View Full Version : Things to Think About

05-02-2004, 01:49
The practice of medicine is an art and a tradecraft. Practitioners are trusted to use their best judgment in problem-solving by drawing on their expertise. What is important to remember is that there are numerous basic sciences driving medical practice. Biology, chemistry, physics, and all of the subspecialties blend together to create the medical sciences, the foundation on which the practice of modern medicine rests. The practice of medicine has been revolutionized by the sciences that underpin its workings.

The organization of knowledge in medicine is medical science. It took thousands of years to turn folk medicine into research-based allopathic medicine. The cases that are used to build expertise, the tools and techniques that support diagnosis and treatment, and the criteria on which judgments are made all have integrated the art of medicine with the science of medicine.

- Rob Johnston (taken out of context, but I liked it.)

05-02-2004, 02:04
well said

05-22-2004, 19:17
This may or may not be on topic so please move it if it doesnt fit here.

I worked my first real trauma today, ( I was the first on scene to a 2 car MVA) I am still in school , but EMS was not there yet and there was already 3 PT's on the ground and driver was fully entrapped in the truck. I am still reeling from the whole thing but I am sure I did yall proud.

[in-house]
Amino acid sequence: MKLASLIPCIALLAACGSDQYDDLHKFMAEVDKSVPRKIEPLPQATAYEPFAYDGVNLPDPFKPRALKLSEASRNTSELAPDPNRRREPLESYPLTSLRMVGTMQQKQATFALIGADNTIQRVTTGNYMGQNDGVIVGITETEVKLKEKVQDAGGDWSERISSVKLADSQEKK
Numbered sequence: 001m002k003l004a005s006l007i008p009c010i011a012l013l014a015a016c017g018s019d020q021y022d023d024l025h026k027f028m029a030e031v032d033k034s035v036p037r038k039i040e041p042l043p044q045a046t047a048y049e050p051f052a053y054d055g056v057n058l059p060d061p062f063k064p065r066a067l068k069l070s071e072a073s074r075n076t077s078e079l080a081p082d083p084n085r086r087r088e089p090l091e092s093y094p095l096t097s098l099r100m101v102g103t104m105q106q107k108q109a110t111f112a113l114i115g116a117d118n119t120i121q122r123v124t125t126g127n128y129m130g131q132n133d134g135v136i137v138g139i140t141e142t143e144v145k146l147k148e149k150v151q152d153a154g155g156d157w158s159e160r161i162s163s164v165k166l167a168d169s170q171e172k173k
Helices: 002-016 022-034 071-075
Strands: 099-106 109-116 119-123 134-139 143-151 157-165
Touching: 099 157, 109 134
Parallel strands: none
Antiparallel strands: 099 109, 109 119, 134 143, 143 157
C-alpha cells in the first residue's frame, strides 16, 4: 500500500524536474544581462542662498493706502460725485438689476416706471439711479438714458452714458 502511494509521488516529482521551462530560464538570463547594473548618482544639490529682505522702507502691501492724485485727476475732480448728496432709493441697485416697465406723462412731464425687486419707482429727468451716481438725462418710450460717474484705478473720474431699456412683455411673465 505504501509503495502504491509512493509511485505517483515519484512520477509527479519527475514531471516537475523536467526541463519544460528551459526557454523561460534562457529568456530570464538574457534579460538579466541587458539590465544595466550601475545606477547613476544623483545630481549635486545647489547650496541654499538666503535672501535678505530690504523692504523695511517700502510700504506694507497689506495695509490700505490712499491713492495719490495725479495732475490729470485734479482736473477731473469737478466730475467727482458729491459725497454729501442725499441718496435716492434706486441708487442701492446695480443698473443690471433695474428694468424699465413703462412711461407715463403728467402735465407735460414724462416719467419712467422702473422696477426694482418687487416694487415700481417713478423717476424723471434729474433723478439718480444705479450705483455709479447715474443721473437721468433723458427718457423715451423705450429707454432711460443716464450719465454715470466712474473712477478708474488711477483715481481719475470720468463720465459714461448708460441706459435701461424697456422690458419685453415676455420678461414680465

2 PT's on side walk bleeding from lac's to arms and face and legs. Airways were patent due to the fact that they were talking. Bystanders standing around saying what do we do. I grab trauma dressings and say here put these on the bleeding and talk to these people and tell them that help is on the way. I tell PT's to not move there head if at all possible.

3rd PT was unrestrained driver of Chevy 1500 that rear-ended a flatbed casket truck at around 55 mph. Dash of truck was trapping him, windshield was laying on his arm and he was in bad shape.

A RN was on scene looking after the Driver once I got there, she told me he had weak radials of about 40 and he was still breathing but agonal and at a rate of around 6. My first thought was Airway, he had blood literally pouring from his mouth.PT was completely unresponsive. I dont have suction in my jump bag in my personal truck so I swept it out as best I could. I had an OPA in my bag , but his jaws were so clamped down I could not get it in there. I started to hold c-spine once the first engine got on scene and had them get the manual suction and suctioned some of it out but really needed the electric suction with Yankeur tip. PT still with weak radials of 40-35 now and agonal respitrations. I am holding c-spine until medic comes to relieve me and I start suctioning and was able to suction about 100ml or so of blood out of the PT's mouth. We got a c-collar on him as the FF were still working to fold the dash back off of his mangled legs. We got a decent airway with a jaw-thrust and I continued to suction him and got a NRB 02 @ 15lpm on him right as we were able to do a Rapid extrication from the passenger side. He had BILAT tib/fib fx's and most likely mid-shaft FX's BILAT as well. PT also has a LT humerus FX that was open. We were able to extricate him and they loaded him on the bus and took off. We still had 2 more PT's as they had already taken the one lady with open FX to radius ulna. Passanger to truck was unrestrained as well with facial trauma and nice lac to his tongue and some teeth missing. He was walking wounded basically.

Other medics had other female PT on LSB and had everything under control.

I know that was not grammatically correct and was basically stream of consciousness as I remember it from today.

I know I helped that guy stay alive a lil bit longer ...until he could get to white lights and cold steel as James says.

Jason has found his calling ....

05-22-2004, 21:42
Fits just fine. Sounds like you did good.